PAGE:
Rick Blackshaw, chief executive of Sport Maska Inc., the company better known as CCM Hockey, is unmoved by all the recession talk.
You would be too if you had a captive market and Sidney Crosby, Connor McDavid, and Alexander Ovechkin — the three biggest stars in the sport — all wore your gear.
“If you went back to ’08 and ’09, if you went back to ’01, those were still growth years for the brand,” Blackshaw said in an interview, referring to the Great Recession and the economic downturn that preceded it. “It’s one of those things. There’s such passion that surrounds the sport, you’re not going to deprive your kid of the sport. You’re going to go without a new car,” he added. “We haven’t seen any indication of a slowdown at retail.”
So the modern incarnation of the company that began life at the turn of the 20th century as Canada Cycle & Motor Co. Ltd. is recession proof. That’s good news for Birch Hill Equity Partners, the Toronto-based investment firm that bought CCM from Adidas AG in 2017 for US$110 million.
The International Monetary Fund this week cut its outlook for global growth this year to three per cent, the weakest since the financial crisis, mostly because of the trade wars. David Rosenberg, chief economist at Glusken Sheff & Associates Inc., told an audience in New York this week that he put the odds of a recession in export-dependent Canada at 80 per cent.
A certain amount of cushion from weaker growth doesn’t mean Blackshaw is sitting pretty. He’s been tasked with reviving a cherished Canadian brand that was gobbled up by Reebok International in 2004, and then ultimately spit out after Adidas purchased Reebok a year later. He must do so at a time when the rules of international business are in flux, especially when it comes to trade policy and what constitutes shareholder value. A look at CCM is a look at what economists mean when they talk about “uncertainty.”
The market for hockey equipment is relatively small and essentially static. According to Blackshaw, CCM, which generates revenue of about $350 million, is the fastest growing company in the industry. But you don’t need McDavid’s awesome speed to keep up with the competition; Blackshaw described revenue growth as a little faster than inflation. “Any gain we make is going to be from stealing market share from somebody, since there’s not huge organic growth,” Caroline Losson, the company’s chief marketing officer, said.
Blackshaw and Losson have a plan to more aggressively pursue market share.
Their research found that hockey players are obsessive about what their favourite gear can do for them on the ice, but attach no greater meaning to the brand away from the rink. Maybe that’s healthy. But the success of companies such as Nike Inc., Lululemon Athletica Inc., and Canada Goose Holdings Inc. suggests there’s more to selling sports gear than making the best stuff. Blackshaw and Losson developed a new marketing campaign called “All Out” that they hope will inspire rink rats to see CCM as more than the maker of Tacks skates and the sticks that Ovechkin used to lead the National Hockey League in goals last season.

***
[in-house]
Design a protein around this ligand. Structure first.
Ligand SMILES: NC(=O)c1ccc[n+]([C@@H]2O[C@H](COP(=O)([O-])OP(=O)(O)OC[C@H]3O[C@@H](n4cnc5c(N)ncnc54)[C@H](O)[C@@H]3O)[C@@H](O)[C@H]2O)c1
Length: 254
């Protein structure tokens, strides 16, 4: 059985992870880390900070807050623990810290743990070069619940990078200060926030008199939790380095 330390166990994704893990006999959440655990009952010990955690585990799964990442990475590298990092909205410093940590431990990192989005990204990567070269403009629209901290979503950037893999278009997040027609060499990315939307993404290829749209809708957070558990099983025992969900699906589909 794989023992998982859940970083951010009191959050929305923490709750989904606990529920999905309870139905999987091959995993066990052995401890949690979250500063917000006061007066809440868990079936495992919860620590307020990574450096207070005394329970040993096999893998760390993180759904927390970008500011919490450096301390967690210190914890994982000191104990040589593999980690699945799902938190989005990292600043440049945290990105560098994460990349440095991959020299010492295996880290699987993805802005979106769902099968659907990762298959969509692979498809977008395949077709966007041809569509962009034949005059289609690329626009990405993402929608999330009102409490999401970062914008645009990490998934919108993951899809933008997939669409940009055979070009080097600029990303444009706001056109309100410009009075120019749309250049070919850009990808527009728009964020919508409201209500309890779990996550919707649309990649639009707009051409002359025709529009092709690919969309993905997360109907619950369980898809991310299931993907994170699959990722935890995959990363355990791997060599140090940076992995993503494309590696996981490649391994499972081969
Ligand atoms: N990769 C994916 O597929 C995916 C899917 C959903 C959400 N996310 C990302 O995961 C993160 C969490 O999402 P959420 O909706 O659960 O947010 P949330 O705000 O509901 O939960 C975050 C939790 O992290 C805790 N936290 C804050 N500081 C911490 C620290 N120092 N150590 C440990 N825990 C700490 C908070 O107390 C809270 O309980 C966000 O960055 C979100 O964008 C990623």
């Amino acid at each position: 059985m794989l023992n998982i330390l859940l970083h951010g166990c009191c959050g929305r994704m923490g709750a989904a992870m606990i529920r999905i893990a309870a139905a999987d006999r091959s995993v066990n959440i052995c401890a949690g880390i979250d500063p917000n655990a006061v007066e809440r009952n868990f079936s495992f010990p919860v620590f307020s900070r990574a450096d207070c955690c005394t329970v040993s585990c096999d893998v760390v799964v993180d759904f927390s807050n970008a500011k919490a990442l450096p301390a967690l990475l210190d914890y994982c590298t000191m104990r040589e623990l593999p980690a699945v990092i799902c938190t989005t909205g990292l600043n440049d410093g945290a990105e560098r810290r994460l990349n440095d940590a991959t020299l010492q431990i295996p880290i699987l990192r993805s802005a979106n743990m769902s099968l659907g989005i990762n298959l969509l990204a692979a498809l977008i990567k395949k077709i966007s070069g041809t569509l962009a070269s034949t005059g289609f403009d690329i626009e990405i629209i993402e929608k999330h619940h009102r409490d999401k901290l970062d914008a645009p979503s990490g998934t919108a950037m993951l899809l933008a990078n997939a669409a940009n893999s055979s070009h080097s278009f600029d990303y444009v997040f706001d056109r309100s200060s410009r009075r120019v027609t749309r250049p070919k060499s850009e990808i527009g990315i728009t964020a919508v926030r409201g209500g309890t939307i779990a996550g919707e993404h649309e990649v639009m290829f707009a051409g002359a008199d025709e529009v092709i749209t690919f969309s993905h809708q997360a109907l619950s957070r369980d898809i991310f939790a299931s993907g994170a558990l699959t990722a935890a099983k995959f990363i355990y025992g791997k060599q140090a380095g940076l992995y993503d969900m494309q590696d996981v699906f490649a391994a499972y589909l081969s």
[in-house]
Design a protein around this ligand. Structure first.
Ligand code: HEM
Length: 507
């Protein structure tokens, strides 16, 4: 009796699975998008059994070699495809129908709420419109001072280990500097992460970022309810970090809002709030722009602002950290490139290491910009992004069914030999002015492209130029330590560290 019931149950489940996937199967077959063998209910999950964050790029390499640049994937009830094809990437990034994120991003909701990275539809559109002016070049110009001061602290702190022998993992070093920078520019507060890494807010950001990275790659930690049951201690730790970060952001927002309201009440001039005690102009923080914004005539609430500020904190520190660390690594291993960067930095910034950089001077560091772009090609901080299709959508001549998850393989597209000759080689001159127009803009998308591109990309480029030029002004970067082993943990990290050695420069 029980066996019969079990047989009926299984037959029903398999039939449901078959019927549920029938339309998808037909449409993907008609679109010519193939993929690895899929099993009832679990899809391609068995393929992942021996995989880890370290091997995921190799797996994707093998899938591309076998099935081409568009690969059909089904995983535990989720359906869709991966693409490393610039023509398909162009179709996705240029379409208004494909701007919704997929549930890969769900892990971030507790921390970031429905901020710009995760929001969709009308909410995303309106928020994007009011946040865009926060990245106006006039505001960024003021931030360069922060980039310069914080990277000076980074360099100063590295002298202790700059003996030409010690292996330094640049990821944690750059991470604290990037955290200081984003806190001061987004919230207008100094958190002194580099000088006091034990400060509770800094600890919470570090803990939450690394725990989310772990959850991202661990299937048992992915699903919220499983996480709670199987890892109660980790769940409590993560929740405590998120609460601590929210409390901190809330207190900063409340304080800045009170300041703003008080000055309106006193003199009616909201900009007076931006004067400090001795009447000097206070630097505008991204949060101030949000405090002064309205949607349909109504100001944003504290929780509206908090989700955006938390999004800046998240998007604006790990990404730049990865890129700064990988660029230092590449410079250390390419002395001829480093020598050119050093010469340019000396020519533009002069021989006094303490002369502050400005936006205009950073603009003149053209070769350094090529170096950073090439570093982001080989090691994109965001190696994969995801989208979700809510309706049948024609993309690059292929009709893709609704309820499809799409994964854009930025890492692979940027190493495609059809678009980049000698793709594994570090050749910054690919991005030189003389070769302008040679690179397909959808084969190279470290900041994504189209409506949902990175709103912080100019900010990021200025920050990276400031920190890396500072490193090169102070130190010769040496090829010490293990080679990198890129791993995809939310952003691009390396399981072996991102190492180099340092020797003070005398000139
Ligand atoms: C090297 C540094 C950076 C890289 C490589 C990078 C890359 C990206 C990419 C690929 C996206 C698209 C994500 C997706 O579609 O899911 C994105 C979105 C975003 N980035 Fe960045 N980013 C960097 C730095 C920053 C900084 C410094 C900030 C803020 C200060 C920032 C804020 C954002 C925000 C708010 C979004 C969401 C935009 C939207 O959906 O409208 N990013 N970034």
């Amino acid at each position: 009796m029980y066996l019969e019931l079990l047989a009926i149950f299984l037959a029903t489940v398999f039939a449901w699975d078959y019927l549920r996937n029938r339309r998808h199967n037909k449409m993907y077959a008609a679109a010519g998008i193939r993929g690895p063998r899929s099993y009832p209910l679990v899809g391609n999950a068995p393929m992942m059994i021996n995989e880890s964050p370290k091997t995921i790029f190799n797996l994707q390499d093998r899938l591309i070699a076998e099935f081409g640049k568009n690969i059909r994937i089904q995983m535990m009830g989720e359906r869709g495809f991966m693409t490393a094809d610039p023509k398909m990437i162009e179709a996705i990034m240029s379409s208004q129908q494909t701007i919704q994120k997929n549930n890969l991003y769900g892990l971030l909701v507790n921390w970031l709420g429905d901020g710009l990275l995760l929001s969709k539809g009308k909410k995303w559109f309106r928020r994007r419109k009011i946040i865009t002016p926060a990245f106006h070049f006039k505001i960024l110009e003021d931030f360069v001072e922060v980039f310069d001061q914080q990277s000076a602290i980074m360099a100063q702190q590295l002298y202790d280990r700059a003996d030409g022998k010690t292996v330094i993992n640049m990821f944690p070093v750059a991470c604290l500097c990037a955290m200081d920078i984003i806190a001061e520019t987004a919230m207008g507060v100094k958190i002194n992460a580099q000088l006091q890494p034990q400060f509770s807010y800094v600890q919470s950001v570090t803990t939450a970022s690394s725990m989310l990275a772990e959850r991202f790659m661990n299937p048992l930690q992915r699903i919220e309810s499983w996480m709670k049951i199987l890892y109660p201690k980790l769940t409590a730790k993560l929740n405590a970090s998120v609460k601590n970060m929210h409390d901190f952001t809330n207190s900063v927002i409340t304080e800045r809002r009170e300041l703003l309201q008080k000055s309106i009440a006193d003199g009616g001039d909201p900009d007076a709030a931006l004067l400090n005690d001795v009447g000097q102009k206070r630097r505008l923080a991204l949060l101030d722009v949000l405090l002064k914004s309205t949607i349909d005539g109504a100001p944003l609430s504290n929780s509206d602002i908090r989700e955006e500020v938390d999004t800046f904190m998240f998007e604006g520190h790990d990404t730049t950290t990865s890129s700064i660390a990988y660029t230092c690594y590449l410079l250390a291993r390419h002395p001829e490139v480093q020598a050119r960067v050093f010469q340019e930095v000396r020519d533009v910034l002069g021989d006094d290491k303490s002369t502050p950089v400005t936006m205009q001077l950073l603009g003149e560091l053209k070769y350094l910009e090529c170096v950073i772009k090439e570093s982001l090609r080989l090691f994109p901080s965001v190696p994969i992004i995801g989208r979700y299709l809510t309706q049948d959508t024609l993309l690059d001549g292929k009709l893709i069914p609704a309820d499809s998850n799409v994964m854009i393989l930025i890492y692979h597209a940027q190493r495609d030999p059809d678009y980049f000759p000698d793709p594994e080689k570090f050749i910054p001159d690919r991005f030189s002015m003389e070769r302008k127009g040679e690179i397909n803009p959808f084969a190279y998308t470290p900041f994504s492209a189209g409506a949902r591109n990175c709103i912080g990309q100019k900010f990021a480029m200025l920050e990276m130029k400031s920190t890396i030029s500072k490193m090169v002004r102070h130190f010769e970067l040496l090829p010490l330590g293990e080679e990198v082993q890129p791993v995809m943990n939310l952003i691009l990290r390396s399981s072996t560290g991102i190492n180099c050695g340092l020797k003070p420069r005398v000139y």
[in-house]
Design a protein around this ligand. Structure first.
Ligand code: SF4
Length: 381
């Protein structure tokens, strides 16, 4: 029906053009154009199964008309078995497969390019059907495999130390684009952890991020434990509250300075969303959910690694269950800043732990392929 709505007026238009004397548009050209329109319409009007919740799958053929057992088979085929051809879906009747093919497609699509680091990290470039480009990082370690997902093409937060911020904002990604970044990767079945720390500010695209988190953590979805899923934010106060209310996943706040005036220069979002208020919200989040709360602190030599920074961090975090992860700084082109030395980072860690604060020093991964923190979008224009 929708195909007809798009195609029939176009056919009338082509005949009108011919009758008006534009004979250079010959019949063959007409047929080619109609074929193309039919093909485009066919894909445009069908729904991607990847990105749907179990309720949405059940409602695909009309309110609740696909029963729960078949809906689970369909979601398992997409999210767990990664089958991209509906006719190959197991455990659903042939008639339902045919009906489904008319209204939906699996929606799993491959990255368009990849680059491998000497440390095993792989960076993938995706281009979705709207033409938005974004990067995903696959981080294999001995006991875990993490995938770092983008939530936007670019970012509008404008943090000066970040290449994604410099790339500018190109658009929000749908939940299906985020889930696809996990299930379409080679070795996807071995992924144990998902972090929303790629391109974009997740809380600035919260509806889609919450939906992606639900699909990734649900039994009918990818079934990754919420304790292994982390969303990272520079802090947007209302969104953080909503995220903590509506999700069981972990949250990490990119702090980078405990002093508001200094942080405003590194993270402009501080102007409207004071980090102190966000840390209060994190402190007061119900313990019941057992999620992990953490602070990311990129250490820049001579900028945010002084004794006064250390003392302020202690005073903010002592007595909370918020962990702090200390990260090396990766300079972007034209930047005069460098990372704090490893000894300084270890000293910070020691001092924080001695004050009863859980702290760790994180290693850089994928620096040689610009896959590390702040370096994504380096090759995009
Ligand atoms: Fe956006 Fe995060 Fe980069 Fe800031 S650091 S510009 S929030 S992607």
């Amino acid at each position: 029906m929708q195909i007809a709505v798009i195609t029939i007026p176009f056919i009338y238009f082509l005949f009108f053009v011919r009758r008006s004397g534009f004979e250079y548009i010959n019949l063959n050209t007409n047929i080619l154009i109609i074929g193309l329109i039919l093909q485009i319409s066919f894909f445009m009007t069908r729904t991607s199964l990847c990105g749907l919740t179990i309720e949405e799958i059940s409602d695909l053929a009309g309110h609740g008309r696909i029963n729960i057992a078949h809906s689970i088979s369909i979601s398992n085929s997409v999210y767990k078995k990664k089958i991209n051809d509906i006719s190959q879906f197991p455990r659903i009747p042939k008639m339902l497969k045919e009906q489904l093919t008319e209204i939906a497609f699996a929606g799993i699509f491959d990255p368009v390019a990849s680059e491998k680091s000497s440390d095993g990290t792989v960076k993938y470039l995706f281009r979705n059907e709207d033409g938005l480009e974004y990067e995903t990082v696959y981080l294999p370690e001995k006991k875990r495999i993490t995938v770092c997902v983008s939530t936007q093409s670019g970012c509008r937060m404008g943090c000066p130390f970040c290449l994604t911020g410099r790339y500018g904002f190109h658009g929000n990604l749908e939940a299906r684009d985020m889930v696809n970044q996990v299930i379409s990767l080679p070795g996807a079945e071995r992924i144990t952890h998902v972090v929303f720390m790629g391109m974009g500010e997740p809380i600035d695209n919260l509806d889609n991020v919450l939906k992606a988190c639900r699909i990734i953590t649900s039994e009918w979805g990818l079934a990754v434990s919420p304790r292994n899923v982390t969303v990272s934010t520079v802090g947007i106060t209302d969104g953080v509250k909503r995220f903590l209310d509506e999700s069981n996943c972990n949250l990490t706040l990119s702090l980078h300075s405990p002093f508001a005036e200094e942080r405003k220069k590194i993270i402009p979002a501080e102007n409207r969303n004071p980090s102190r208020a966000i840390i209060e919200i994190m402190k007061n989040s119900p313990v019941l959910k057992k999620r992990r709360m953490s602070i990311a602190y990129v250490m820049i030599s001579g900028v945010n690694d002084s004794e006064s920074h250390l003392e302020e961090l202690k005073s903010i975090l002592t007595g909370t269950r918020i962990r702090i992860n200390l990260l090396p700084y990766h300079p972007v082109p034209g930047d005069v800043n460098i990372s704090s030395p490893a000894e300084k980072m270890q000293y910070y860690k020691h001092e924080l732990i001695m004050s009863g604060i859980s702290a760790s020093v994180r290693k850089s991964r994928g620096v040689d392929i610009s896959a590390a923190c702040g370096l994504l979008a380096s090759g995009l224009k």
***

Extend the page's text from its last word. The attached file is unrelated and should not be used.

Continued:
Blackshaw, an American who was hired as chief executive in January 2018, told an audience assembled by the Canadian Club of Montreal earlier this month that one challenge he faces is consolidating a bloated product list, including hundreds of models of sticks. That’s the kind of thing you’d expect a chief executive to confront. Blackshaw also said he worries about climate change, the cost of housing in big cities, and social inclusion. Those are political issues that old-school business theorists think should be left to the politicians. But business isn’t like that anymore.
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Younger shoppers want the stuff they buy to stand for something, even their elbow pads. That’s why you see more and more companies choosing a side, albeit tentatively. In August, CCM marked Montreal’s Pride Week with a supportive note on its Facebook page. “We didn’t remove the post when there were some negative comments,” said Losson. “We’re proud to be making that statement about the brand.”
Make no mistake, the profit motive exists behind all of these decisions. Climate change matters to CCM because a warmer planet means fewer outdoor rinks. Housing affordability is an existential problem because if parents are forced to settle far from where they work, then hockey isn’t only competing with other sports for time, but also the daily commute. Growth in the hockey business demands moving beyond the sports core of white, straight males.
“In the end, it can be additive to your brand,” Blackshaw said when I asked him if taking stands on the environment and social and gender issues meant accepting narrower profit margins.
Most modern executives went to school to learn how to adjust to consumer preferences. Nothing prepared them for international commerce under U.S. President Donald Trump.
The United States represents about a third of CCM’s sales and the Trump administration’s trade war with China has cost the company about $10 million, Blackshaw said. The company designs its equipment in Montreal, manufactures the high-performance gear that the professionals use in Saint-Jean-sur-Richelieu, Que., and makes most everything else at factories in China.
So far, CCM and its Asian suppliers have absorbed the cost of the tariffs. If they persist much longer, the company will probably have to raise prices in 2020. “It’s not a pleasant position to say prices will increase because we have to, but it’s not because we’ve added great features,” Losson said.